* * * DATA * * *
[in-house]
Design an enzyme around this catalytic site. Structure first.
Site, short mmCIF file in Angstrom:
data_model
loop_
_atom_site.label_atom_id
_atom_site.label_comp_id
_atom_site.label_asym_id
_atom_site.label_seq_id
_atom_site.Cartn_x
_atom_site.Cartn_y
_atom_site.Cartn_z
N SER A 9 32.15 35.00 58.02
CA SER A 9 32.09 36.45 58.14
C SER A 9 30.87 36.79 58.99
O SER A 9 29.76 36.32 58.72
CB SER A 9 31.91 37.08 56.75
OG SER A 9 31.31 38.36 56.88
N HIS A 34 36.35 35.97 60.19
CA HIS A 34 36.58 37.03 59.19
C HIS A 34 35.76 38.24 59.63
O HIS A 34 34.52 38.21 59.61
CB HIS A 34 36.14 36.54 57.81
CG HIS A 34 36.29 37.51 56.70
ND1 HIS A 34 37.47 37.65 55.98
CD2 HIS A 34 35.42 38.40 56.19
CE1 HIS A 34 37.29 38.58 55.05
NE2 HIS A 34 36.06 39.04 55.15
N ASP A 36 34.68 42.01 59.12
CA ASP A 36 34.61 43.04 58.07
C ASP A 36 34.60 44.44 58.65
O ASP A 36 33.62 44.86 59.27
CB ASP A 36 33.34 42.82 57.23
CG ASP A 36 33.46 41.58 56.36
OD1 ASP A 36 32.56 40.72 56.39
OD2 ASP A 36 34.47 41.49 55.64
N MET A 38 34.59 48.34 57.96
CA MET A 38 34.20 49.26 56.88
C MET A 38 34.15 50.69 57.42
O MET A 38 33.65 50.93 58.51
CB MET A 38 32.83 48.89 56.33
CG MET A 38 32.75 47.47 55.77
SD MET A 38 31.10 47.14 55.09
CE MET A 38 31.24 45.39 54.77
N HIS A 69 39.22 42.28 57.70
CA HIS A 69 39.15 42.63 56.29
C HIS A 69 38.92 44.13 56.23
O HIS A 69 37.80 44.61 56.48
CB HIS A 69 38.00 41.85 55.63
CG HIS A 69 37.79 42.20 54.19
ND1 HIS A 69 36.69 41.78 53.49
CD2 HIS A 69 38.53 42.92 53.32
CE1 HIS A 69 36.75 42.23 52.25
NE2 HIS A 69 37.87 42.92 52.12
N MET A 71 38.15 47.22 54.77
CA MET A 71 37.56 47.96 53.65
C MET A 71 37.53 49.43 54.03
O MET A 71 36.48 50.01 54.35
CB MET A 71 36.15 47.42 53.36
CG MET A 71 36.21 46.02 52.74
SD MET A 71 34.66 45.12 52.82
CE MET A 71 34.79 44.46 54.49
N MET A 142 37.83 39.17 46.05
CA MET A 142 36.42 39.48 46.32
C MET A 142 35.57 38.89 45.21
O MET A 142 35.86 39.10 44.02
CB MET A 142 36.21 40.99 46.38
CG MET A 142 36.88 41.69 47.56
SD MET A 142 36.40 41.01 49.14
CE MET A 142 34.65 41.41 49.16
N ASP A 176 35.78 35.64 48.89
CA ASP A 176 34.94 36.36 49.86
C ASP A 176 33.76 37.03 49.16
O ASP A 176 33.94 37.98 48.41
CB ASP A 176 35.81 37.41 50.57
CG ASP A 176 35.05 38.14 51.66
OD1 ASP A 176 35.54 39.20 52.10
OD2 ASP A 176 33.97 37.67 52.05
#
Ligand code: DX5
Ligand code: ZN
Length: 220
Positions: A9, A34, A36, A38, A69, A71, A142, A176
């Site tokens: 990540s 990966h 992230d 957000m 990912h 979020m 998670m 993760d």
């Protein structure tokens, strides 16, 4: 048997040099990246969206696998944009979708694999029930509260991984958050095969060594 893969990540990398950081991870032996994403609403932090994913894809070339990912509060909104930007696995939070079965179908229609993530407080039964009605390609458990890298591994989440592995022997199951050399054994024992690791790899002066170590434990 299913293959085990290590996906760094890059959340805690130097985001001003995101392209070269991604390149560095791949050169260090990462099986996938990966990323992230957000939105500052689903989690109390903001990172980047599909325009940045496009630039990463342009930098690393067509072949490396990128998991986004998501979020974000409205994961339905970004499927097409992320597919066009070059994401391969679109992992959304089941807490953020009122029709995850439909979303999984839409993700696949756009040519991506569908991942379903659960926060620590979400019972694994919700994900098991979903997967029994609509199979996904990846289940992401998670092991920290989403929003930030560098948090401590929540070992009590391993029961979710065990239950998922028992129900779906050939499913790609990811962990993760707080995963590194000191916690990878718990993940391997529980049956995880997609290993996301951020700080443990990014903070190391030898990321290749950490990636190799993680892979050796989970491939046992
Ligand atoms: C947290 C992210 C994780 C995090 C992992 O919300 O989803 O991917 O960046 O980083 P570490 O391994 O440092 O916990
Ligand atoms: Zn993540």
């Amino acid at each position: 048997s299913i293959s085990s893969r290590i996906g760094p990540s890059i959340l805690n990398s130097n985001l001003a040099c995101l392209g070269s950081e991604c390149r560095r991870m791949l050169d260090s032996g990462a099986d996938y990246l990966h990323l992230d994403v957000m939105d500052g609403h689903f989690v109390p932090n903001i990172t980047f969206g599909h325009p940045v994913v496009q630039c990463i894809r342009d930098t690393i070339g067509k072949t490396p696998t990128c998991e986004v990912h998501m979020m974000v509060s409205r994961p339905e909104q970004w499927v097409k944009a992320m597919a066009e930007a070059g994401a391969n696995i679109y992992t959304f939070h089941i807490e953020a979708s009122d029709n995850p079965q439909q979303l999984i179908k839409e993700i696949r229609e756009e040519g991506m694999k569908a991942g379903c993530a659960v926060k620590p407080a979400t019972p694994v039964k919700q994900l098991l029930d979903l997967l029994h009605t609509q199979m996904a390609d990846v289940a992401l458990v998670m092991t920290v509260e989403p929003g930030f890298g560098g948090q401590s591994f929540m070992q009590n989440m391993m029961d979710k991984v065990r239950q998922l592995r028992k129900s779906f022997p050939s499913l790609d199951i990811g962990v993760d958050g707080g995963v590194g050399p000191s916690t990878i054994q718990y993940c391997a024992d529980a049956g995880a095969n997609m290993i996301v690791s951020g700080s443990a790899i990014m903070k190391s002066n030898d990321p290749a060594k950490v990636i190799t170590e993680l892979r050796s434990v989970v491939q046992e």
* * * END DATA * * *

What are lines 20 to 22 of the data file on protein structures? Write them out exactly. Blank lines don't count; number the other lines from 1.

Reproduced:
CA HIS A 34 36.58 37.03 59.19
C HIS A 34 35.76 38.24 59.63
O HIS A 34 34.52 38.21 59.61